Little League Elbow | Symptoms & Causes

Elbow joints are made up of three bones — the upper arm bone is connected to the two bones in the forearm by a joint that works like a hinge. Around all these bones are muscles, ligaments, and tendons that keep the keep it all together, and help the arm bend and move. 

Pitching too much and too often, or simply throwing in a way that hurts the arm, can put a lot of stress on these tendons, ligaments, and bones. There are several little soft areas of cartilage, called apophyses, at each end of most bones, and as older children stop growing, these areas turn into bone and harden. But before they harden, they are very easy to injure, and when players — mostly ages 9 to 14 — throw too much, these areas can get inflamed and sore.

This is the anatomy of an elbow.Signs and symptoms of Little League Elbow

Little League Elbow symptoms may include:

  • pain in any part of the elbow
  • swelling
  • difficulty straightening the arm all the way
  • sometimes, a bump appears on the inside of the elbow
  • a locked or stiff elbow  

Without treatment, the ligaments and tendons may tear away from the bone or parts of the bone can separate from each other. Continuing to play through this kind of pain can make the injury worse, and your child should stop throwing and see a doctor if he has the above symptoms.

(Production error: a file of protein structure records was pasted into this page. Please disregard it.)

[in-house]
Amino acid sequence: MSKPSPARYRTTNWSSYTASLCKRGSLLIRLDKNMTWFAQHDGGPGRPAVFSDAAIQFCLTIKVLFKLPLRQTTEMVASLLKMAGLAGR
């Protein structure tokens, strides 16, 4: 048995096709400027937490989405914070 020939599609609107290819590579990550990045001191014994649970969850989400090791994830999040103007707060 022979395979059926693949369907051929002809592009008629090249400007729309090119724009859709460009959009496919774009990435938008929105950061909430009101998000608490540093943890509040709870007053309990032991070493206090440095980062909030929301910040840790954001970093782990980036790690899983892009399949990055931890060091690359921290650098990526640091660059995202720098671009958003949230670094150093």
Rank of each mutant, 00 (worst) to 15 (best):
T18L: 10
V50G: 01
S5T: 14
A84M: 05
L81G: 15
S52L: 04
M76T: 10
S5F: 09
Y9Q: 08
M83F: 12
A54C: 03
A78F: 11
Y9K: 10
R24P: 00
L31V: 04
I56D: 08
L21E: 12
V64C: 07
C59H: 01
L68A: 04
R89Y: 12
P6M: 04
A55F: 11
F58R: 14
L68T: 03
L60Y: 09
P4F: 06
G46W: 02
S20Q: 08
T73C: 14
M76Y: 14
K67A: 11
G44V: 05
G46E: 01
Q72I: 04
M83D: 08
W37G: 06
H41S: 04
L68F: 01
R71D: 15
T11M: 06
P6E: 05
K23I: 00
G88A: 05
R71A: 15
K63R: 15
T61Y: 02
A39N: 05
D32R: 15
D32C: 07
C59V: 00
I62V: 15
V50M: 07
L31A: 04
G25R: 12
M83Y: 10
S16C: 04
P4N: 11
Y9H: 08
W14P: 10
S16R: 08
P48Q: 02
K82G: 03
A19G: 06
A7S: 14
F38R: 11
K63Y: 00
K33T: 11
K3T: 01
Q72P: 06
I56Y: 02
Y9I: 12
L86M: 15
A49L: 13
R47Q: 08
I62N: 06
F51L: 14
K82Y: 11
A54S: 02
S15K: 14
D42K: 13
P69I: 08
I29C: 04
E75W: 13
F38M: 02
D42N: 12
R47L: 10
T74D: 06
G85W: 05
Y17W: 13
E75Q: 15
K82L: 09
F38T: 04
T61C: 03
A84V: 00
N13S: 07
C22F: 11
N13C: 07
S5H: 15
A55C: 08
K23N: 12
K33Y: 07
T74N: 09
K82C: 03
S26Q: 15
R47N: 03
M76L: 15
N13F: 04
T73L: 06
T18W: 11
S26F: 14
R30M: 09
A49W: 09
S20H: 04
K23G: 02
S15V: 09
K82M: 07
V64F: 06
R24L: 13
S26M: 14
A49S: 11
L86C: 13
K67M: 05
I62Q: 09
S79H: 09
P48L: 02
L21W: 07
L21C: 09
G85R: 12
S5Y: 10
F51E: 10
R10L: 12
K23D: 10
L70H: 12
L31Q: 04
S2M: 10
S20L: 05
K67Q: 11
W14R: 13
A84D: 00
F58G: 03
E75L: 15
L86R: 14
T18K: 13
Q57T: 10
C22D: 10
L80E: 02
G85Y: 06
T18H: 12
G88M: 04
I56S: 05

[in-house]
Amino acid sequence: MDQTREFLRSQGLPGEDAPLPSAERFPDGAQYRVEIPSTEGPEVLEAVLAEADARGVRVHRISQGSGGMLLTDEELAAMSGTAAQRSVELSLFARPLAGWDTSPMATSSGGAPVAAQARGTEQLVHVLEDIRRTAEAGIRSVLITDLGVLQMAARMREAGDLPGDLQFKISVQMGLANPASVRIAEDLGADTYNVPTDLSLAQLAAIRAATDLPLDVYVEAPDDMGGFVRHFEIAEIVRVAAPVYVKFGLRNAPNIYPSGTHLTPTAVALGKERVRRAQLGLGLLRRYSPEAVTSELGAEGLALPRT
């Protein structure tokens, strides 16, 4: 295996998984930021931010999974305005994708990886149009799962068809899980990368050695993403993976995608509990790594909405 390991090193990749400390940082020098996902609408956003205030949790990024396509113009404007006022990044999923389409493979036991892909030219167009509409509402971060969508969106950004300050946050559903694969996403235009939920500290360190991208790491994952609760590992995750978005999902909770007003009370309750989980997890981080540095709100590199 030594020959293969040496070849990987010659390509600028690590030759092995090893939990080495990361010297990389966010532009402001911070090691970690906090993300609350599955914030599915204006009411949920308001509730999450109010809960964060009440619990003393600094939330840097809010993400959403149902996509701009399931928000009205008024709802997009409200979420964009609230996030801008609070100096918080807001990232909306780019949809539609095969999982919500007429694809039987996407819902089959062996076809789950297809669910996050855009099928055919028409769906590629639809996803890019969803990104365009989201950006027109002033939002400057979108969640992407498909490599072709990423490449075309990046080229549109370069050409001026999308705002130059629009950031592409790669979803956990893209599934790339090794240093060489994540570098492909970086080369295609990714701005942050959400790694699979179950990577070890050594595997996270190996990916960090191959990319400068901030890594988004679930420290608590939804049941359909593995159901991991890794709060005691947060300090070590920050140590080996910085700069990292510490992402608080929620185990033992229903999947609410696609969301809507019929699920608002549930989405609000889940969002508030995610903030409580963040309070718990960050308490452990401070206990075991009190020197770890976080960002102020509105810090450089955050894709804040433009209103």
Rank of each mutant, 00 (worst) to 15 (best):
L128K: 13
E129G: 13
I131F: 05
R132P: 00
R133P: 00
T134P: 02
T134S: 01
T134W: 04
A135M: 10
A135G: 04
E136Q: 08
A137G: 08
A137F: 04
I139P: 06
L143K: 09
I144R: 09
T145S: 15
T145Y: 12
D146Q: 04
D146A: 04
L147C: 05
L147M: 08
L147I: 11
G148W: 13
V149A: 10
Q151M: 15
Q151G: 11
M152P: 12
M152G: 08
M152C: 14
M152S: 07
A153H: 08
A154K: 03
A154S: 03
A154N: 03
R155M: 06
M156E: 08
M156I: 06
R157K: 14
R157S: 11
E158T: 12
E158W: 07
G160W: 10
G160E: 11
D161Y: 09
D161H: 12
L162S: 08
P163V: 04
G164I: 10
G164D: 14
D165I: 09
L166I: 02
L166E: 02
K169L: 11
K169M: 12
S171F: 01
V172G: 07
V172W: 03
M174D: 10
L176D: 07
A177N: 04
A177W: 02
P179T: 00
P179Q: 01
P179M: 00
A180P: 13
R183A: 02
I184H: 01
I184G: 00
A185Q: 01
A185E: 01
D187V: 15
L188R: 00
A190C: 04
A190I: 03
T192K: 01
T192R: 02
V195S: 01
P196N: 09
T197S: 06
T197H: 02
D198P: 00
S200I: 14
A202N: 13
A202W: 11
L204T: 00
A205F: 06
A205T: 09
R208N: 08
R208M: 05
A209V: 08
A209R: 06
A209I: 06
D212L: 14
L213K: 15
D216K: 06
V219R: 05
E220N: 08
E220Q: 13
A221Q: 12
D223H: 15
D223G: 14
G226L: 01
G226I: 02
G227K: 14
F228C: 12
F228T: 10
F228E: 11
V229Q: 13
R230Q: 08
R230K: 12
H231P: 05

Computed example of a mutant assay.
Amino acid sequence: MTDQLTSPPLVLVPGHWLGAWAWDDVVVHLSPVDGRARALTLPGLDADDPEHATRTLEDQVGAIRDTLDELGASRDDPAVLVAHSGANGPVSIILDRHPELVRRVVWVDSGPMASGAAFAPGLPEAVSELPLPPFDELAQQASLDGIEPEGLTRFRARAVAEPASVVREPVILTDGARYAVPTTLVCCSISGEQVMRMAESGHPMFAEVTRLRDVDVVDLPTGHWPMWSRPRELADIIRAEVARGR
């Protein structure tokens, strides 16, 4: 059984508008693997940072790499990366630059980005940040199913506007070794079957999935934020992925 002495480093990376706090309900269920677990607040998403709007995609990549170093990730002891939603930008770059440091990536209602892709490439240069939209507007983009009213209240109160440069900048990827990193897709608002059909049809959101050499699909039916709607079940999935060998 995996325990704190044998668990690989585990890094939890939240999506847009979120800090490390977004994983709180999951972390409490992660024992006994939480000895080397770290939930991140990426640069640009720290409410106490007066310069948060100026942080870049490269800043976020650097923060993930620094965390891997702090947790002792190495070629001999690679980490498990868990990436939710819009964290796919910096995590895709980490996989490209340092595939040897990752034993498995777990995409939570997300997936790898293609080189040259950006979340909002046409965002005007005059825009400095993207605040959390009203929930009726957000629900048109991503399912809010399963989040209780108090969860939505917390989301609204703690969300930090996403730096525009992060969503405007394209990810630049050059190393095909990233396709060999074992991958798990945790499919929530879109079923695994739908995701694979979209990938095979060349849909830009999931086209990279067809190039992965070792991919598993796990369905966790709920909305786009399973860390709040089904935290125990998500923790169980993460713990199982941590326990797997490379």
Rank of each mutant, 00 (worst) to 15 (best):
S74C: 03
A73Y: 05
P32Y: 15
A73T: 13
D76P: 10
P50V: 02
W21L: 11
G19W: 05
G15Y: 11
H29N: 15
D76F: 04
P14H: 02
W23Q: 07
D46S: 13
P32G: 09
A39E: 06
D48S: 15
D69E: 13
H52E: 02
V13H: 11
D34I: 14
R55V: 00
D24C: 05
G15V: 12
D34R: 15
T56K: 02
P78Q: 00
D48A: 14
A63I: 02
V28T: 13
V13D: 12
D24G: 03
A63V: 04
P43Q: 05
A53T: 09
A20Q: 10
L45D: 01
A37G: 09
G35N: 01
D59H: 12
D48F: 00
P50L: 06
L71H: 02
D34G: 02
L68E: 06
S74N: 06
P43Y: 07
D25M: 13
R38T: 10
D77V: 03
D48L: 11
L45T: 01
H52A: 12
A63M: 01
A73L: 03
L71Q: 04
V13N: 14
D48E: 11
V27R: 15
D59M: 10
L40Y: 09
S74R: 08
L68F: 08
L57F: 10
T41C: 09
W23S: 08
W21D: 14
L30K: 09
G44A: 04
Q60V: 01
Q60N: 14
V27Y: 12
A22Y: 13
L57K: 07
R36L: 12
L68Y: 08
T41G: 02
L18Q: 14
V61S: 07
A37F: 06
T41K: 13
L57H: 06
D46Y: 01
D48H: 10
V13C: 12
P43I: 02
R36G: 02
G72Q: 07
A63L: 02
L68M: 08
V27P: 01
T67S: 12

Throwing guidelines

One of the most important things to know about Little League elbow is that it can be prevented. Just by limiting the amount your child throws, you can prevent injury from happening. Even if your child already has Little League elbow, these prevention guidelines can help him stay healthy when he returns to the sport. 

USA Baseball has come up with pitch counts for young athletes. These guidelines should be applied to practices, games, and multiple leagues as well. For proper reset, pitchers should not pitch on consecutive days, and should have three months a year without pitching.

9- to 10-year-old pitchers:  

11- to 12-year-old pitchers:  

13- to 14-year-old pitchers: 

  • 50 pitches per game 
  • 75 pitches per week 
  • 1,000 pitches per season 
  • 2,000 pitches per year 
  • 75 pitches per game 
  • 100 pitches per week 
  • 1,000 pitches per season 
  • 3,000 pitches per year 
  • 75 pitches per game
  • 125 pitches per week
  • 1,000 pitches per season
  • 3,000 pitches per year
  • More guidelines have been established in order to ensure proper rest time between pitching as well:

    For pitchers age 7 to 16:

    For pitchers age 17 to 18:

    Pitches in a day               Rest time
    61 or more                     4 days
    41-60                               3 days
    21-40                               2 days
    1-20                                 1 day
    Pitches in a day             Rest time
    76 or more                     4 days
    51-75                               3 days
    26-50                               2 days
    1-25                                 1 day